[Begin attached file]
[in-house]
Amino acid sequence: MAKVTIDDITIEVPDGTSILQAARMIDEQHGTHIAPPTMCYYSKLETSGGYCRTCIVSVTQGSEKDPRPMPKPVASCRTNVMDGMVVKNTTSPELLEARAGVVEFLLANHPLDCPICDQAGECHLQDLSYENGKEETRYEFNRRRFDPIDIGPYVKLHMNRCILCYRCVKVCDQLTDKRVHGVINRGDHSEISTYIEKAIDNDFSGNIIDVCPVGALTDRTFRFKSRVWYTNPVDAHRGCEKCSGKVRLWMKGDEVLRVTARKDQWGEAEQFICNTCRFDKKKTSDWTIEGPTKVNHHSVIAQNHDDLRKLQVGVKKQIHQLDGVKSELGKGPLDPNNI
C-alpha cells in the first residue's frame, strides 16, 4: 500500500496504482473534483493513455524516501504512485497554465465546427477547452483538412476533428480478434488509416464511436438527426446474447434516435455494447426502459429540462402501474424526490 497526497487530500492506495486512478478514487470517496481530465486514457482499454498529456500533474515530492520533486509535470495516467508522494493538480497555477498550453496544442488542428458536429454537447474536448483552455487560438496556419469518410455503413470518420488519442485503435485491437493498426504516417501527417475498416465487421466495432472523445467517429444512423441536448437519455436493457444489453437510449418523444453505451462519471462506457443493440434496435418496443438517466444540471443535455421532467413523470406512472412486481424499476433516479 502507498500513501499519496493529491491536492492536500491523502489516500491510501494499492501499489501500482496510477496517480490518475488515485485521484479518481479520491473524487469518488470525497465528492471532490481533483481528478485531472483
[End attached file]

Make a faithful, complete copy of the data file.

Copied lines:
[in-house]
Amino acid sequence: MAKVTIDDITIEVPDGTSILQAARMIDEQHGTHIAPPTMCYYSKLETSGGYCRTCIVSVTQGSEKDPRPMPKPVASCRTNVMDGMVVKNTTSPELLEARAGVVEFLLANHPLDCPICDQAGECHLQDLSYENGKEETRYEFNRRRFDPIDIGPYVKLHMNRCILCYRCVKVCDQLTDKRVHGVINRGDHSEISTYIEKAIDNDFSGNIIDVCPVGALTDRTFRFKSRVWYTNPVDAHRGCEKCSGKVRLWMKGDEVLRVTARKDQWGEAEQFICNTCRFDKKKTSDWTIEGPTKVNHHSVIAQNHDDLRKLQVGVKKQIHQLDGVKSELGKGPLDPNNI
C-alpha cells in the first residue's frame, strides 16, 4: 500500500496504482473534483493513455524516501504512485497554465465546427477547452483538412476533428480478434488509416464511436438527426446474447434516435455494447426502459429540462402501474424526490 497526497487530500492506495486512478478514487470517496481530465486514457482499454498529456500533474515530492520533486509535470495516467508522494493538480497555477498550453496544442488542428458536429454537447474536448483552455487560438496556419469518410455503413470518420488519442485503435485491437493498426504516417501527417475498416465487421466495432472523445467517429444512423441536448437519455436493457444489453437510449418523444453505451462519471462506457443493440434496435418496443438517466444540471443535455421532467413523470406512472412486481424499476433516479 502507498500513501499519496493529491491536492492536500491523502489516500491510501494499492501499489501500482496510477496517480490518475488515485485521484479518481479520491473524487469518488470525497465528492471532490481533483481528478485531472483